Before she inadvertently launched her son’s career on YouTube in 2008, Pattie Mallette survived suicide attempts, drug addiction, and giving birth to megastar Justin Bieber when she was just 18. The 37-year-old single mother’s Twitter bio reminds her 1 million followers (her son has 29 million) that she has other great qualities besides being Bieber’s mother. Her new memoir, Nowhere But Up: The Story of Justin Bieber’s Mom (Revell, Sept. 18) co-authored with A.J. Gregory, tells that story.
The bestseller is the first of its kind for mothers of superstars from the millennial generation; no celebrity parent of a child as famous as Bieber have penned a memoir quite like this. Mallette tells of surviving the trauma of sexual abuse at the hands of family friends that began when she was just three years old. She also endured fall-out from the absence of her birth father and the family’s loss of her 5-year-old sister before Mallette’s birth.
You’ve said in interviews that Justin found your book painful to read. How much did you discuss what was in the book with him before it was published?
He read the book before it went to print, and parts of it were hard for him read, like the parts where I talk about being abused and about suicide. But he’s really supportive. He just doesn’t want to see his mom in pain.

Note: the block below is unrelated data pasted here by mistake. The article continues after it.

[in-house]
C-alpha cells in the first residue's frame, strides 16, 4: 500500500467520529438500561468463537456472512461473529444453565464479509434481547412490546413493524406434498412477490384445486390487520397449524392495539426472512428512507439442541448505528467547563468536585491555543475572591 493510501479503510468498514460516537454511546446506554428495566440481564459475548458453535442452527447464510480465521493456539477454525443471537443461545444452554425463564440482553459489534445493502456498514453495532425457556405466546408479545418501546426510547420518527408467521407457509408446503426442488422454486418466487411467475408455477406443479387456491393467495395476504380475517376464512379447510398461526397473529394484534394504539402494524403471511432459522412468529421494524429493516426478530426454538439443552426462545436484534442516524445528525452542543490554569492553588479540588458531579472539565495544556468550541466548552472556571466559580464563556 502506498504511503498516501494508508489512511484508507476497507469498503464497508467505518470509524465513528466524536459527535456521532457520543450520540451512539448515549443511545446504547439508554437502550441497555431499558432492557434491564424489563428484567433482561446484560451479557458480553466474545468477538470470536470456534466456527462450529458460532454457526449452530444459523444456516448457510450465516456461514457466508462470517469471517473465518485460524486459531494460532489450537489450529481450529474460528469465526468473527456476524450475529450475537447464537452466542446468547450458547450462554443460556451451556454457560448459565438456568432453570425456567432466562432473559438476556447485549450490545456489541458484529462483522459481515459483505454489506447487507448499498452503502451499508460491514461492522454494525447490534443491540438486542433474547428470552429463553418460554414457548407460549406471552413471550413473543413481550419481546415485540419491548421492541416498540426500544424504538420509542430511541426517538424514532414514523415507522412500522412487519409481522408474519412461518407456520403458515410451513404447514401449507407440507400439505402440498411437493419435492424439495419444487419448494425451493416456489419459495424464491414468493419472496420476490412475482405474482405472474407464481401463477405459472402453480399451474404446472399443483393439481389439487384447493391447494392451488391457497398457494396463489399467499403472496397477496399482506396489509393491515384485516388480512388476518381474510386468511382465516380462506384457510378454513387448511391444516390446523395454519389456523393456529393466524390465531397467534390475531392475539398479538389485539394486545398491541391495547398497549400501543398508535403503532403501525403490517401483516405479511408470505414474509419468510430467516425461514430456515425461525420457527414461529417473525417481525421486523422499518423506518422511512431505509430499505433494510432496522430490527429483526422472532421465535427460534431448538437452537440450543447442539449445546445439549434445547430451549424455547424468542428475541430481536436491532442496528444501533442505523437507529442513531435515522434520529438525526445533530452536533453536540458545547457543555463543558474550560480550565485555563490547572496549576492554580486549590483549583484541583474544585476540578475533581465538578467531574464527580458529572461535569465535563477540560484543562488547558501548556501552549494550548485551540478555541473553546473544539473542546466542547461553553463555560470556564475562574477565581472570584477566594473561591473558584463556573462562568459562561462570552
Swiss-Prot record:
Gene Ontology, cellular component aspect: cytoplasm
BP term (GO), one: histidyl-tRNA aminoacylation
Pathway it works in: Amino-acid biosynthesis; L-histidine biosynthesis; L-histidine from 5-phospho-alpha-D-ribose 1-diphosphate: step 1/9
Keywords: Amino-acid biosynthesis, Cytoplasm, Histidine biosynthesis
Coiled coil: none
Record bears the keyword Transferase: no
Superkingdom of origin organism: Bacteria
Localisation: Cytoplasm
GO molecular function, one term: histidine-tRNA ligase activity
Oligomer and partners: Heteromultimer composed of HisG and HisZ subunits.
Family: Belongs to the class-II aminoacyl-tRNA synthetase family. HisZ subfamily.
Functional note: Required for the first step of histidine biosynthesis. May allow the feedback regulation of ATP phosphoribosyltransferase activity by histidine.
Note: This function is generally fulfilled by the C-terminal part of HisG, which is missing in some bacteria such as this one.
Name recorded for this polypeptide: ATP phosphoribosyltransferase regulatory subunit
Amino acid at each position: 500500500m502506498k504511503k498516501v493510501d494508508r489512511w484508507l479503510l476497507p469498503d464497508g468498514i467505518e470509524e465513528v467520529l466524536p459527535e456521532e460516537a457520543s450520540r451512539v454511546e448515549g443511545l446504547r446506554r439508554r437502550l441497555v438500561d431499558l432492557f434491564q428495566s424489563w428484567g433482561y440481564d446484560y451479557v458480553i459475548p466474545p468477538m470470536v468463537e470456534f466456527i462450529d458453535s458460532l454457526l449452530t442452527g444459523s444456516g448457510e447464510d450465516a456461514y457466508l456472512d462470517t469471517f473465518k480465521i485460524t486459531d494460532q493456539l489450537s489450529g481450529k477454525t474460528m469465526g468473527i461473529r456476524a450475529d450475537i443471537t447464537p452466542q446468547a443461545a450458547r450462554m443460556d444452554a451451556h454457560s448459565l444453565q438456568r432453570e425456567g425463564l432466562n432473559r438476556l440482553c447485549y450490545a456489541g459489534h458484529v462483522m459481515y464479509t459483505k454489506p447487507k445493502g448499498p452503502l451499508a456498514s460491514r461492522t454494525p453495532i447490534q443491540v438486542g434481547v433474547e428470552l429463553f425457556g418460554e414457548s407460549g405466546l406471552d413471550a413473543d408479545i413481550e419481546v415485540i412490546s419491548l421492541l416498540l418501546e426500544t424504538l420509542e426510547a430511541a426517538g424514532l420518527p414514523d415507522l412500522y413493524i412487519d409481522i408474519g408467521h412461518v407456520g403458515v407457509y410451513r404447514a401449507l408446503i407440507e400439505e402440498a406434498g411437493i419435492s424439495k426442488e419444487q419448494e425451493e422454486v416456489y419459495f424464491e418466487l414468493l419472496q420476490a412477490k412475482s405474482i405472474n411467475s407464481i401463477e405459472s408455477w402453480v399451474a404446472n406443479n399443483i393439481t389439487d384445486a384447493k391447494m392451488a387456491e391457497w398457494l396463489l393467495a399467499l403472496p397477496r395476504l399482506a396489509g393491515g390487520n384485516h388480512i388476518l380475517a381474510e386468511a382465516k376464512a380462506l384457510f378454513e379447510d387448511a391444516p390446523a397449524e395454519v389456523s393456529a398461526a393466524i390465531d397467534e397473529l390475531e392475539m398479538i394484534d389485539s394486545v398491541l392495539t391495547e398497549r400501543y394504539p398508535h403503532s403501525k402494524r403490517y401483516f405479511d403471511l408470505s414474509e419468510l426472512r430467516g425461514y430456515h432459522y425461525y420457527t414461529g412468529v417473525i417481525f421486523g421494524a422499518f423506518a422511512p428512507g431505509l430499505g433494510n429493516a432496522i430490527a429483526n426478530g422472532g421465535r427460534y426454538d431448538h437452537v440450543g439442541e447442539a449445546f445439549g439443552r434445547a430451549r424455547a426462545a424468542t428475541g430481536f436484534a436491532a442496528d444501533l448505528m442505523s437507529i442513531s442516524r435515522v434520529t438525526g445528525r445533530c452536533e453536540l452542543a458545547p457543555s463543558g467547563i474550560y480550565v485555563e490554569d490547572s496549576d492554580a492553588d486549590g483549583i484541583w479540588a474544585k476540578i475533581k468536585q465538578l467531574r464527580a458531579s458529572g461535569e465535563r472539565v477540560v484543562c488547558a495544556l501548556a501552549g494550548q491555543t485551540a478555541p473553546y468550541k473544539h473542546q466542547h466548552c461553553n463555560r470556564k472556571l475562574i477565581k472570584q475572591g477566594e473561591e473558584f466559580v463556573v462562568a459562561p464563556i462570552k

What do you hope girls and young women will get from reading your book?
I really hope that they’re inspired and that they can find hope for some of their own dark situations. About 10 percent of proceeds from the book will go to the Nowhere But Up Foundation. The money will go to homes for unwed mothers [like the one Justin was born in] and drug and alcohol addiction centers for young people. We’re just getting [the foundation] registered and we have the 501 C3 process mostly finished.
Was it important for you to write the book with another mother (A.J. Gregory)? Was that intentional?
It actually wasn’t a factor, but it helps knowing that she is. I wanted someone to capture my voice, and, in the end, she did so beautifully.
If you could, what would you tell your younger self to get her through?
I would say don’t be so hard on yourself, and don’t give up. It will get better.
What did you learn from writing Nowhere But Up?
Writing it was very cathartic for me. I’m working on Nowhere But Up: The Teen Version right now, and it’s supposed to happen around spring in 2013. The whole reason I wrote this book was to help others. I have a real heart for the teenagers.